Performers based in Queensland, please note that under Queensland law your agent must:
- Not charge you more than 10% gross amount payable to you for the work – the gross amount payable does not include meal or travel allowances, holiday pay, long service leave, superannuation, rehearsal payments or irregular overtime or penalty rates.
- Your agent can charge more than these fees only if you have accepted in writing a management agreement, under which you must be provided at least four (4) of these services:
- Handling of your business affairs
- Providing accounting advice
- Publicising and promoting you
- Providing ancillary services
- Providing continuing career or artistic advice
- Representing you in negotiations with media, entertainment workers or the public.
- Within 7 days of your Agent receiving money on your behalf, you must receive the payment.
- Your Agent must not as a condition of finding or attempting to find you work, charge a fee for preparing a resume or portfolio or for providing advice, assistance or training in interview preparation.
- Your Agent must not as a condition of finding or attempting to find you work require you to use other services or resources either provided by them or through a person or company they nominate. If you choose to use a supplier they nominate the agent must not accept a financial benefit form that person or company.
NEW SOUTH WALES
It is illegal to charge joining or ‘audition to join’ fees and commission is capped.
In NSW, agents are regulated by the Entertainment Industry Act 2013.
www.Artslaw.com.au provide a resource on agency agreements which you can read here: https://www.artslaw.com.au/information-sheet/agency-agreements/
The Act also includes a code of conduct, which is published by NSW Industrial Relations, to provide performer representatives with guidance on the standards of service required to ensure professional and ethical conduct in the provision of services to performers.
The Act also prescribes the maximum fees and percentages performer representative may charge a performer in different situations:
- in relation to work in the film, television or electronic media the cap is 10% of the total amount payable to the performer for the performance;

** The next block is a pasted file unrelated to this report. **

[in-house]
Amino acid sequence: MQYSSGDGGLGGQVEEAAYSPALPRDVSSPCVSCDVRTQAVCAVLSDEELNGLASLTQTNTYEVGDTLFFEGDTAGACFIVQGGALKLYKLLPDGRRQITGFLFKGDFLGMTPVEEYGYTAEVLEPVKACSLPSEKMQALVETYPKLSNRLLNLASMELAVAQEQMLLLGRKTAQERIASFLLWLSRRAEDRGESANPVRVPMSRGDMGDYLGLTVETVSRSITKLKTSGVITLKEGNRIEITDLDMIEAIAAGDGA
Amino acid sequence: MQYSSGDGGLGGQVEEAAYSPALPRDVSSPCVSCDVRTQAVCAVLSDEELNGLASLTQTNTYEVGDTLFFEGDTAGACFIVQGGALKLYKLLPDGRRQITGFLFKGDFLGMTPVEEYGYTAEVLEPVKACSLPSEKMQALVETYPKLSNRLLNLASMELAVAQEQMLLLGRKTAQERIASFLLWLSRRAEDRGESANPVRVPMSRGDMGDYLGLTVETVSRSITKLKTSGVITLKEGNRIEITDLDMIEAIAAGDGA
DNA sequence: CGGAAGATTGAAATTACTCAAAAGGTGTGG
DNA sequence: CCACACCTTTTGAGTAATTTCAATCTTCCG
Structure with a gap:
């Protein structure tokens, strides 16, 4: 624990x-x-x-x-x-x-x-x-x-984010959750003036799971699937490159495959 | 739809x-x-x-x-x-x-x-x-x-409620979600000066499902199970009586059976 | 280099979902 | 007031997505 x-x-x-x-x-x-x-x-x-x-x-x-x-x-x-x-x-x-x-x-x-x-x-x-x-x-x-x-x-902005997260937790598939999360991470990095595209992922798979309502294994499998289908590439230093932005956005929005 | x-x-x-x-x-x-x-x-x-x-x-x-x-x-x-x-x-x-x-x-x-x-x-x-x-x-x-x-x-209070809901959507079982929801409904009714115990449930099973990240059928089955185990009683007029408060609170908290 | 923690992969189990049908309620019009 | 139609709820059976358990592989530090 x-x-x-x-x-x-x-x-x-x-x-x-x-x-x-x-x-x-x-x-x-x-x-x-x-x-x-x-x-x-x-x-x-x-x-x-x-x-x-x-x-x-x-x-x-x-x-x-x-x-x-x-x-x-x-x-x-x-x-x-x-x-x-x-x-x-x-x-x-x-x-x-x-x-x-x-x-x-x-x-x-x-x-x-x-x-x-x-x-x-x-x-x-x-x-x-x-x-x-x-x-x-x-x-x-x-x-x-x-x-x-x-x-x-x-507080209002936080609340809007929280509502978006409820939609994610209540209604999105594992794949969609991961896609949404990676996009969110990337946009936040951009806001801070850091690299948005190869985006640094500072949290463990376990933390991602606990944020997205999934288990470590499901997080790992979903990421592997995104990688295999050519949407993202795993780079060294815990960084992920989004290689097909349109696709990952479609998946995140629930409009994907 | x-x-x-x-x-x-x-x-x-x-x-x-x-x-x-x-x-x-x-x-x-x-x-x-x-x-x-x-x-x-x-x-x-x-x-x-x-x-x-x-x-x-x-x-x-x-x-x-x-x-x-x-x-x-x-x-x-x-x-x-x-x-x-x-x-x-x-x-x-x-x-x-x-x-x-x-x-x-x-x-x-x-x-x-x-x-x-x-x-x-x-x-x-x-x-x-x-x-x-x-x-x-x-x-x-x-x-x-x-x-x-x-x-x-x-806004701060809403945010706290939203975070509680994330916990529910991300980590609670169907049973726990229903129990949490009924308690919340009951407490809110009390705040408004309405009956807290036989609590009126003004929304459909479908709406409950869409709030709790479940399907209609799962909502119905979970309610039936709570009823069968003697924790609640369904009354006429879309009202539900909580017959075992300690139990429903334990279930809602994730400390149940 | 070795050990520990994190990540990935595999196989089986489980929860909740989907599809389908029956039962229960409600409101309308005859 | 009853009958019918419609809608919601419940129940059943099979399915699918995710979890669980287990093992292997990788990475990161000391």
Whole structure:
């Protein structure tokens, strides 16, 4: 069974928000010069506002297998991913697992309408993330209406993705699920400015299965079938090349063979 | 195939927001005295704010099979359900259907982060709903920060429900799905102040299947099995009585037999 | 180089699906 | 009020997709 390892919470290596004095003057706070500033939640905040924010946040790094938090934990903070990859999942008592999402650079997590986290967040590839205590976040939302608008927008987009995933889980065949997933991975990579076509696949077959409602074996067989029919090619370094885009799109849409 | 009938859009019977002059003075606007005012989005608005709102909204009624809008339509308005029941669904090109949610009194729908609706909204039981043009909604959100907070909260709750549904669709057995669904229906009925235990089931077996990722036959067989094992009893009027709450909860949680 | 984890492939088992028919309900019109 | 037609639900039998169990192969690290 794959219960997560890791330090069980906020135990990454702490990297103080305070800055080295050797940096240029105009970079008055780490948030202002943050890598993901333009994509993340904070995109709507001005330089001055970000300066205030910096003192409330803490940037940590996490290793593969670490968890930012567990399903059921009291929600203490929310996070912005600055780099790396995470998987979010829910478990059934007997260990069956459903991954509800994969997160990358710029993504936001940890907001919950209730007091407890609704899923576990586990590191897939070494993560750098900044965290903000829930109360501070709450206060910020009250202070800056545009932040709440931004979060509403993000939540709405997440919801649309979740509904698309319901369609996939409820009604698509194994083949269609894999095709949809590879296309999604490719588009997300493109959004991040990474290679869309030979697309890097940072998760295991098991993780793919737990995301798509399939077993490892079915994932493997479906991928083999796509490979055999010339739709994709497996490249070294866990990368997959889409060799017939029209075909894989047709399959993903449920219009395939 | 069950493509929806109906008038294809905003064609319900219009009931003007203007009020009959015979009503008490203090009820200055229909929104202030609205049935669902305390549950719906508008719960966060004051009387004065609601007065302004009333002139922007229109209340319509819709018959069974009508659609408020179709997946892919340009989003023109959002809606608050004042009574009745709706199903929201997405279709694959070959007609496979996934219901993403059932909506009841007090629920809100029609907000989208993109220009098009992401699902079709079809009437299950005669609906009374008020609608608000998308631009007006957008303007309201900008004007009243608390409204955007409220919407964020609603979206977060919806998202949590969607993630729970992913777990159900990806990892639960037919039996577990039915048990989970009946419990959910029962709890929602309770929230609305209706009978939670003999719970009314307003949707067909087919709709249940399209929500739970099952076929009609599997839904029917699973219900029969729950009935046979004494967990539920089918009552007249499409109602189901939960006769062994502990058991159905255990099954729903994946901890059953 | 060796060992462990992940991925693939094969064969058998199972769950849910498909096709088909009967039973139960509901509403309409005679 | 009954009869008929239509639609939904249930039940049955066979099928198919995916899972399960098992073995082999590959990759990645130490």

- in relation to work in live theatre, or a live musical or variety performance, the cap is 10% for any period up to 5 weeks and 5% for any period after 5 weeks.
In some circumstances, you can charge fees as an entertainment and modelling agency for finding someone work. The two most likely agency types who may charge are extras agencies, and children’s agencies.
However, the fees you may charge depend on if the person is a performer/work or a model and there are guidelines in place about how and when these fees can be charged.
The UK government resource for these rules is here: https://www.gov.uk/entertainment-and-modelling-agencies
If you are defined as a performer or worker:
You can’t charge fees or deduct money from an entertainment worker or performer’s earnings until they agree to your terms and conditions.
Promotional fees for performers and entertainment workers (not models):
- You can only charge upfront fees for listing the worker or performer’s details in promotional publications or on websites to help them find work.
- Promotional publication includes listing information in publications or on websites and photographs or audio or video recordings.
- You must give the worker or performer a chance to see any copies.
- Other fees or commission for finding work normally come out of the worker or performer’s earnings from the employment that you found.
If you are defined as a model:
You can’t charge fees or deduct money from a model’s earnings until they agree to your terms and conditions.
- You can’t charge any upfront fees for finding work for photographic and fashion models. This includes putting information about the models in a publication or website.
- However, after you’ve found work for a model you can charge fees for:
- including information about them in a publication or website
- providing a service to find the model work
(these fees must have been agreed with the model before you started looking for work for them)
New Zealand has an Agents Association, which aims to work for the benefit of all NZ Actors and Agents. You can view their resources here: http://aaanz.co.nz/resources/
Has this answered your question? If not, please contact us